Some time ago I decided that Autofac was my IOC of choice. After spending a few years using Unity I knew I wanted more and, after evaluating a few libraries, Autofac fitted how I work.
Aside from the usual property and constructor injection stuff we would expect from any IOC library, Autofac has quite a few additional features that can make coding life a lot easier. And in less lines of code.
One thing I love to show people who have used IOC for a while is my use of delegate factories.
The wiki post from the Autofac project is here: https://github.com/autofac/Autofac/wiki/Delegate-Factories.
I think the title says it all!
Let components create instances of other components without hand-coding factories.
So, in short, we can use Autofac as a factory and take a dependency on that factory instead of the type itself. This is quite powerful as it means we can create instances of our dependency within our component as needed.
This can be a little hard to wrap your head around so my example use case is to combine this with IDisposable. The concept, now, is that we have a component that we need to inject but that has some expensive resource we need to use and dispose of in a very short, controlled manner.
To achieve this we simply:
- Register our component with the container (preferably using a module)
- Create our delegate factory that returns an instance of our component
- Update our main code to have a dependency one the factory
Finally, we update the delegate factory to return Owned<T> (where T is your type) which instructs Autofac that you want to take ownership of the resolved instance.
At this point its worth noting that I haven’t taken a dependency on the container. I could do this and achieve something similar by creating a nested lifetime scope or service locating the component. I tend to avoid having a dependency on the container directly as then my code is tied to whatever IOC implementation I have and makes my mock my container interfaces in my unit tests. Service locating the component is something I strongly believe you should only do when you can’t rely on the IOC integration to automatically build up your dependencies for you (so rare). Aside from anything else you’ve just made your code rely on one big factory so its less decoupled.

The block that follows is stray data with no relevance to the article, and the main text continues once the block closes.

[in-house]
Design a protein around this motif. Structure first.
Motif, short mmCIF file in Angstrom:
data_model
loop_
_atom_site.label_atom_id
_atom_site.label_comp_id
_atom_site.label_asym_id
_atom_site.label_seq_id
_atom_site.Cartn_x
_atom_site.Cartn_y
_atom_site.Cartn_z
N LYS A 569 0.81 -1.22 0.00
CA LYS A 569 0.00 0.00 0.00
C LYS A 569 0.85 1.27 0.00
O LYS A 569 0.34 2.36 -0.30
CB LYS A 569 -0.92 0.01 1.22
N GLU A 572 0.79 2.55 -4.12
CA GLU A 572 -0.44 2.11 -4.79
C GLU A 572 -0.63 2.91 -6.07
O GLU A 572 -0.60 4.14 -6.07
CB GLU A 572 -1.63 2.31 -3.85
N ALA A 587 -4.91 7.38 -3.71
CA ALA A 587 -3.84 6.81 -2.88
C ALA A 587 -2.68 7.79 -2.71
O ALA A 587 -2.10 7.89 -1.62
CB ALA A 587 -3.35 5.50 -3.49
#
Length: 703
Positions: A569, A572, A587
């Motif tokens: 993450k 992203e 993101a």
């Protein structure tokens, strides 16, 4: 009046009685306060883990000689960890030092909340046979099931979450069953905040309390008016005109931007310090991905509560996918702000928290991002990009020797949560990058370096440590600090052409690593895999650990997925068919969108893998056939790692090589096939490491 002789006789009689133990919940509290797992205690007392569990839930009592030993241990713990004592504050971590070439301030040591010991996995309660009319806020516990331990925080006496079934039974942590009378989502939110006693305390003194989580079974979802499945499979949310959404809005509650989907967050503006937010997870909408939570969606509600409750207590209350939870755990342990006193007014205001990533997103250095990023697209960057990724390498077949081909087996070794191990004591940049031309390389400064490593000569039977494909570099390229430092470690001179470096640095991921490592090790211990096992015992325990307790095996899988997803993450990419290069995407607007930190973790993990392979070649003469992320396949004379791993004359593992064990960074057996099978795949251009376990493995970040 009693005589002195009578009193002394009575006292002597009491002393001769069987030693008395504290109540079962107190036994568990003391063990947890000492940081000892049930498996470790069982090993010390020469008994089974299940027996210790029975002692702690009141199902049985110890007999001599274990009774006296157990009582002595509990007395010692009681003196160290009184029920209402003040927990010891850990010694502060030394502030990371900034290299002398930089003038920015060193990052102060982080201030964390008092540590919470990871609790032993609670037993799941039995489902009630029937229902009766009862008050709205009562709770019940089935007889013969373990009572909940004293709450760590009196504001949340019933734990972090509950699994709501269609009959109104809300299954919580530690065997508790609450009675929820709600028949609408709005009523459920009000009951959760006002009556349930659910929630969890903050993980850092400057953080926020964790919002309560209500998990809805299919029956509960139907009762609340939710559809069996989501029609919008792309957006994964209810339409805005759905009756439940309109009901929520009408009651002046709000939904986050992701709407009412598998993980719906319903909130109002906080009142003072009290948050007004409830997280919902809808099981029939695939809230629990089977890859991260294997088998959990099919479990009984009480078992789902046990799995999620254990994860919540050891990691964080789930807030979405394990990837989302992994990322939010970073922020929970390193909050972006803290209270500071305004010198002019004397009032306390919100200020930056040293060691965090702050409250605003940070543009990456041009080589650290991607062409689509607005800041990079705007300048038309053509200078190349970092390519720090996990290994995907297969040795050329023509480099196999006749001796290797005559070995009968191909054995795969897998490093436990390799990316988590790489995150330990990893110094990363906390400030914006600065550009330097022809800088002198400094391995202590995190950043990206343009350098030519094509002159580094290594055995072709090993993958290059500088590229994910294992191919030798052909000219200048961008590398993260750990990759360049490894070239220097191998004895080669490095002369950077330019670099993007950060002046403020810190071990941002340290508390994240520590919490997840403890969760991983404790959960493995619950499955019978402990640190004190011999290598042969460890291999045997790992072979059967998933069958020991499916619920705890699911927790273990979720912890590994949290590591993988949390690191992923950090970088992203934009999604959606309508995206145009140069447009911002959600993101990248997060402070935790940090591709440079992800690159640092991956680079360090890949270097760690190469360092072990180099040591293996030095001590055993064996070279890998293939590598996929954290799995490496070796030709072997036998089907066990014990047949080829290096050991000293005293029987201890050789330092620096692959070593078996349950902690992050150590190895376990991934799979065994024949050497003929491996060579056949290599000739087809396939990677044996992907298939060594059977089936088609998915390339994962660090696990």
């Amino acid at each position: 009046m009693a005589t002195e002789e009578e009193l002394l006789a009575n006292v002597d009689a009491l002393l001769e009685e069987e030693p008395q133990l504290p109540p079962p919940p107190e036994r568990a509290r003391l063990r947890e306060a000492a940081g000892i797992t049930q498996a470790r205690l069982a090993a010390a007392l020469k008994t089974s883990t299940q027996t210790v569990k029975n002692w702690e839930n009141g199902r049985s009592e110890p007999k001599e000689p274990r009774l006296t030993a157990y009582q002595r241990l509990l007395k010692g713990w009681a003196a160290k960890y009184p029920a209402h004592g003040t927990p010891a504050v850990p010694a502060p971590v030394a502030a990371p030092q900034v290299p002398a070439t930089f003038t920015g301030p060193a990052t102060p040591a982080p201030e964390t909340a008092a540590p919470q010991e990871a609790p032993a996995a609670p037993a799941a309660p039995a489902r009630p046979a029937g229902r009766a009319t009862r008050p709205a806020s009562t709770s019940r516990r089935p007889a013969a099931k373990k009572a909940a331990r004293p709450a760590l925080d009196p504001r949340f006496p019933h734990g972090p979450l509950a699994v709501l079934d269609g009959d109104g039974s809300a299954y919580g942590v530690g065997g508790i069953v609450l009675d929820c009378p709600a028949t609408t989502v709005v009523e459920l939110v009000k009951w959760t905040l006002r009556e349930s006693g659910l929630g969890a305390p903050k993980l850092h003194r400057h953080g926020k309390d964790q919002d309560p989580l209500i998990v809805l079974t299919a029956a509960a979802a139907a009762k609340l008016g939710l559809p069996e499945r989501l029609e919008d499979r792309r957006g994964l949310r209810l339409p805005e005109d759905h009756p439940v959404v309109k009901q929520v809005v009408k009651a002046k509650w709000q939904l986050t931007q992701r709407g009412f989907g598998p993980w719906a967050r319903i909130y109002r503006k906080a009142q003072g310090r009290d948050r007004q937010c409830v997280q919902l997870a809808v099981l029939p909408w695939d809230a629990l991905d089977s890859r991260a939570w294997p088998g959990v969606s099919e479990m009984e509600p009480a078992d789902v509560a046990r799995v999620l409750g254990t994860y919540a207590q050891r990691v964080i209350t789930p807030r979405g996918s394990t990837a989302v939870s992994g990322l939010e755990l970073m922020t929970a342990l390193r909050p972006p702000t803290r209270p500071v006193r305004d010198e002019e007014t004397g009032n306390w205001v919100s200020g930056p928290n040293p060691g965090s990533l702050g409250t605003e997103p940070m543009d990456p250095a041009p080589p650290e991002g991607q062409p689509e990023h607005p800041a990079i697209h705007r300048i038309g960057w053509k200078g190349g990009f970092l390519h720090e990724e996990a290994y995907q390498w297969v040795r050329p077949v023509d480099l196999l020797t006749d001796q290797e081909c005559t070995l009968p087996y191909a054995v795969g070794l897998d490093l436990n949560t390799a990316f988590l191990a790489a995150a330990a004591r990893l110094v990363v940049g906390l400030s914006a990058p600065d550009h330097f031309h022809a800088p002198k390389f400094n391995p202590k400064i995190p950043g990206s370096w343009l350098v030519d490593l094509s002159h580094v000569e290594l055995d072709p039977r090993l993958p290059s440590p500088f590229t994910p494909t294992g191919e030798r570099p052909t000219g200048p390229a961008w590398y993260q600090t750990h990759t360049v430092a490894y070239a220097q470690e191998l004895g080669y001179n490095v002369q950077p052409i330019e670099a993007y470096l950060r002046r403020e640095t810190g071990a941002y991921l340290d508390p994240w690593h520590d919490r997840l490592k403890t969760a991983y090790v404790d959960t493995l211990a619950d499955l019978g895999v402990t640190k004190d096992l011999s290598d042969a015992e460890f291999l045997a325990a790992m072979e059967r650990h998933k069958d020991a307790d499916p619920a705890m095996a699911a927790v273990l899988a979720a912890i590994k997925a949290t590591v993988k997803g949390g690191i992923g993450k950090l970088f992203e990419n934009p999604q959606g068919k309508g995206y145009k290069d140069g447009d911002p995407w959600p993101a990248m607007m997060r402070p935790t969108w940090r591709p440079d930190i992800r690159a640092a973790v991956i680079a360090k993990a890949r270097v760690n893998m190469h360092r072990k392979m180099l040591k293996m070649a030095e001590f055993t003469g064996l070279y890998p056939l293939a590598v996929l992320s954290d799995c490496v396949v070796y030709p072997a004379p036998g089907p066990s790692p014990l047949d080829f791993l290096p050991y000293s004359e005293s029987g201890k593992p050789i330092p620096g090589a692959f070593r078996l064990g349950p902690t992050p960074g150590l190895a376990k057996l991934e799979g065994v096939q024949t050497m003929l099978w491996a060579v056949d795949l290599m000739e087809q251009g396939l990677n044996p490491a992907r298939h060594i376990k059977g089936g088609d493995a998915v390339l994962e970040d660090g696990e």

I’ve put a sample gist on Github and I’ve used additional code so that I can call with Func<T>. This lets me resolve by type rather than by name as in the wiki link above. It also opens up scope for messing around with constructor parameters and the like.
The gist is here: https://gist.github.com/simonproctor/6047835
I also took inspiration from these links which you may find useful:
As always if there are subtle bugs, issues and so on then let me know and I’ll update the
gist (and this post if need be).